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Table of Contents
Vol. 11, No. 1, 1984
Issue release date: 1984
Neuropsychobiology 1984;11:14–21
(DOI:10.1159/000118043)

Evidence for a Biological Hypothesis of Obsessive-Compulsive Disorder

Lieberman J.
Research Division, Department of Psychiatry, Long Island Jewish-Hillside Medical Center, Glen Oaks, N.Y., USA

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Abstract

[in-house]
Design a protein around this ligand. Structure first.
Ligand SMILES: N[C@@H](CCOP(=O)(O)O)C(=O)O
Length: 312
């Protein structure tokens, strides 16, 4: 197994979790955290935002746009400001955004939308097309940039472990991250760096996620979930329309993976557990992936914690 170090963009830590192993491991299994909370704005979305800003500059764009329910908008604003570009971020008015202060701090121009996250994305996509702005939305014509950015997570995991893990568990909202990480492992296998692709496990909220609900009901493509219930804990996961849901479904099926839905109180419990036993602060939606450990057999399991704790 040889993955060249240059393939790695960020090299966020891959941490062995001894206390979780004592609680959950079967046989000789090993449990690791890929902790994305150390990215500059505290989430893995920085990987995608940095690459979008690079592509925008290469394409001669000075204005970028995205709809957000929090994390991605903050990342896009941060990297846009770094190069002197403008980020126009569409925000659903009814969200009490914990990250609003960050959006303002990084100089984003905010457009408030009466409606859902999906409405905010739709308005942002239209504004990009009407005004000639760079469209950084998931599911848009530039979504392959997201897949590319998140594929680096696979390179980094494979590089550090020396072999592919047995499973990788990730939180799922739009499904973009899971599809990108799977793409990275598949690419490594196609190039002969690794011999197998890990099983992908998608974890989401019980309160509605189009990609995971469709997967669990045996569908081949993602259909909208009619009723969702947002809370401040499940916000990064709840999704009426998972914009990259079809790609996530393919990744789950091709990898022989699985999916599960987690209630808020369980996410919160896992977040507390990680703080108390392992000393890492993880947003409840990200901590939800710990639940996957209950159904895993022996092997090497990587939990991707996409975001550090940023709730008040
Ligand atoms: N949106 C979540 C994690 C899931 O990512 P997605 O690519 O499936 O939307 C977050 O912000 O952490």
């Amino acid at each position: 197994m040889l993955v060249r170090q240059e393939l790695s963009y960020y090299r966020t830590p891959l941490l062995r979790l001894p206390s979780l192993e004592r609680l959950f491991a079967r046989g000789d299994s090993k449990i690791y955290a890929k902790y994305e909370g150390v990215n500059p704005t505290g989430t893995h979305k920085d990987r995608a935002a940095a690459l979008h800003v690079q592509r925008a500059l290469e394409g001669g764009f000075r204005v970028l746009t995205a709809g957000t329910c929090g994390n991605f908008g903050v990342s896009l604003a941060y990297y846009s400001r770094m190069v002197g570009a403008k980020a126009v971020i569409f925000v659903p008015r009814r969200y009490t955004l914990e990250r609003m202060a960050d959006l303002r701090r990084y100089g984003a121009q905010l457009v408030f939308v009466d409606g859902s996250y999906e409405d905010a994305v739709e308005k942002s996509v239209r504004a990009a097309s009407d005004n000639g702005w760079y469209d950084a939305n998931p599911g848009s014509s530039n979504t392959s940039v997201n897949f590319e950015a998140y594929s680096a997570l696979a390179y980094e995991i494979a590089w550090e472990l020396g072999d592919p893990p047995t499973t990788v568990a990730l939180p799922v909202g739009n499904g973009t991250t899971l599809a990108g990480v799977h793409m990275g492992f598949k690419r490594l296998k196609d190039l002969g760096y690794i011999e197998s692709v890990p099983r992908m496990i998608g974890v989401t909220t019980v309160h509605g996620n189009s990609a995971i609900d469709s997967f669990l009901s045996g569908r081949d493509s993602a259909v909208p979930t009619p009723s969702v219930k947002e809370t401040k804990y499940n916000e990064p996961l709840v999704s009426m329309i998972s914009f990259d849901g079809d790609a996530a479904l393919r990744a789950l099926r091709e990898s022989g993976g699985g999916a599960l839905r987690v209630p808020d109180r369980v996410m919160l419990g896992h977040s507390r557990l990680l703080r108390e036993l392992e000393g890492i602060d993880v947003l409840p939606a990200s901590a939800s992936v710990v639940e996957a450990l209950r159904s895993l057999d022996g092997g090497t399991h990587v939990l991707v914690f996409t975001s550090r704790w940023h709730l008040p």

There is scant but provocative evidence to support the concept of a biological etiology in obsessive-compulsive disorder (OCD). This evidence includes the phenomenologic similarities and associations with other major psychiatric disorders for which there is evidence of biologic etiologies; the genetic studies that show an increased familial occurrence of psychiatric illness including OCD and concordance for this disorder in monozygotic twins; biologic evidence and the historical association of OCD and CNS damage; the treatment response of OCD to antidepressant medication and possibly those medications that selectively modify serotonin neuronal activity and to selective anterior limbic leukotomy. This evidence and the evidence linking OCD to depressive illness are specifically reviewed and discussed.



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